By Drew Robb
From the October 2019 Issue
Ford Motor Company’s campus in Dearborn, MI stands as an enduring symbol of the American automotive industry. Its Ford Research and Engineering Campus (REC) was originally dedicated by President Eisenhower in 1953. That was followed by iconic Ford World Headquarters building, dedicated in 1956. But just like the car industry in the state, the buildings and the campus needed an update to truly represent 21st century manufacturing.
Accordingly, a massive renovation and campus rejuvenation program is underway. While office complexes are a major part of the project, central to the vision are power generation, renewable energy, and sustainability. The campus will incorporate solar power arrays, geothermal heating and cooling, and water saving technologies such as rainwater capture. The goal is to achieve a net zero waste, net zero energy, net zero water facility, and to attain certification through the U.S. Green Building Council’s Leadership in Energy & Environmental Design (LEED) process.
In addition, construction of a Combined Heat and Power (CHP) plant will boost efficiency and lower emissions. It will utilize two Solar Titan 130 gas turbines, a steam turbine, as well as heat recovery steam generators (HRSGs) from Rentech Boiler Systems.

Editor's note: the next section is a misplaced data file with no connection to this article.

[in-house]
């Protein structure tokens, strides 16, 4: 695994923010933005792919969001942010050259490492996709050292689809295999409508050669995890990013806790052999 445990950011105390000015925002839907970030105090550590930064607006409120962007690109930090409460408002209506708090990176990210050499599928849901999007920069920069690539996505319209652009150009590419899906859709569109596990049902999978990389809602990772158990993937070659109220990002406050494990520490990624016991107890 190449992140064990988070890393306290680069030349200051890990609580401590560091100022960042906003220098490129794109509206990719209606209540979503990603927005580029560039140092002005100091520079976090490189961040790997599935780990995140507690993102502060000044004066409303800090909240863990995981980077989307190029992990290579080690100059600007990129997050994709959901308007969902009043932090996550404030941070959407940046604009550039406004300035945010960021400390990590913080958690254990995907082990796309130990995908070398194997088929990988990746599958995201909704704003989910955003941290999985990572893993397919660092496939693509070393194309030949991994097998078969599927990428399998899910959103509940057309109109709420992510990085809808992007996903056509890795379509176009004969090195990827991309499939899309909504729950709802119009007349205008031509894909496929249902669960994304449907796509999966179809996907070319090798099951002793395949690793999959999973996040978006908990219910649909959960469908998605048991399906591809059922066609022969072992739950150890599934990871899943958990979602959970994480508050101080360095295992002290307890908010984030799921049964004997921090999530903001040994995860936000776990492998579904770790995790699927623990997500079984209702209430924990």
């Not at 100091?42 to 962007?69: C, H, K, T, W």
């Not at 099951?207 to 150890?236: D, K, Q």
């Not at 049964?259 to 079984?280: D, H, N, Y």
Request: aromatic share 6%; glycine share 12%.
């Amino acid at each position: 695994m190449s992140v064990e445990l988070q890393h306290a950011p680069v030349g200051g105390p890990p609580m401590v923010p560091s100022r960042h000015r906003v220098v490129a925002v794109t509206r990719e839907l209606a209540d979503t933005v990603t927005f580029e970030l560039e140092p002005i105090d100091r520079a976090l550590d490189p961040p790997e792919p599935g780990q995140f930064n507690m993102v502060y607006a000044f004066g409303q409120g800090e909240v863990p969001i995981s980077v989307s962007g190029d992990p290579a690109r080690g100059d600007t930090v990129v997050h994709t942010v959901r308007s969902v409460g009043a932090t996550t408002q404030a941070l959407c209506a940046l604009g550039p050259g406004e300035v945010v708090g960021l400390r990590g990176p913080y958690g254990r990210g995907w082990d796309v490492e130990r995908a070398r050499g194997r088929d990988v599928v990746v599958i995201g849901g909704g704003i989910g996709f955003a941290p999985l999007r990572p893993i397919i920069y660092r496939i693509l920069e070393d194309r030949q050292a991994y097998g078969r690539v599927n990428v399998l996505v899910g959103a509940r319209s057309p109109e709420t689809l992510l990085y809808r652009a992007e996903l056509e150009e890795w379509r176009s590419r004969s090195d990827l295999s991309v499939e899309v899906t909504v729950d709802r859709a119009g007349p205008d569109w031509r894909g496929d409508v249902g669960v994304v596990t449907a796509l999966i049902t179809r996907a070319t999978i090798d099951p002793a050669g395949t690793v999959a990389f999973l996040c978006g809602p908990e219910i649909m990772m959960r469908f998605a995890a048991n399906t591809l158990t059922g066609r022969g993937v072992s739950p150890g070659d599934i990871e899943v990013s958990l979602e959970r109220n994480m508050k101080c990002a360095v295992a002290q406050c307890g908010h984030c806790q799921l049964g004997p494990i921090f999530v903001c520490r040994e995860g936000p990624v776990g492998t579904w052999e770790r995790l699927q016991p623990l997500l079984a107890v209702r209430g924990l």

Throughout the campus, overall energy use will be reduced by about 50% annually. All renovated facilities are expected to earn at the very least Silver LEED Certification.
“Ford is adding an abundance of clean, efficient distributed generation that is capable of serving the new campus and the neighboring community,” says Michael Larson, director business development, DTE Energy Services, a Detroit-based diversified energy company working on the project.
Ford Campus Transformation
With this project, Ford is making a statement that the company is in Michigan for the long haul. The REC was originally conceived as a cutting-edge hub for automotive research and development (R&D) as well as car design. It currently houses 12,000 employees.
Back in 2006, Ford earned LEED silver certification for its Research and Engineering Campus based on points earned for sustainability, water efficiency, a 25% drop in energy costs HVAC/ventilation, a 75% reduction of construction waste sent to landfill and indoor environmental quality.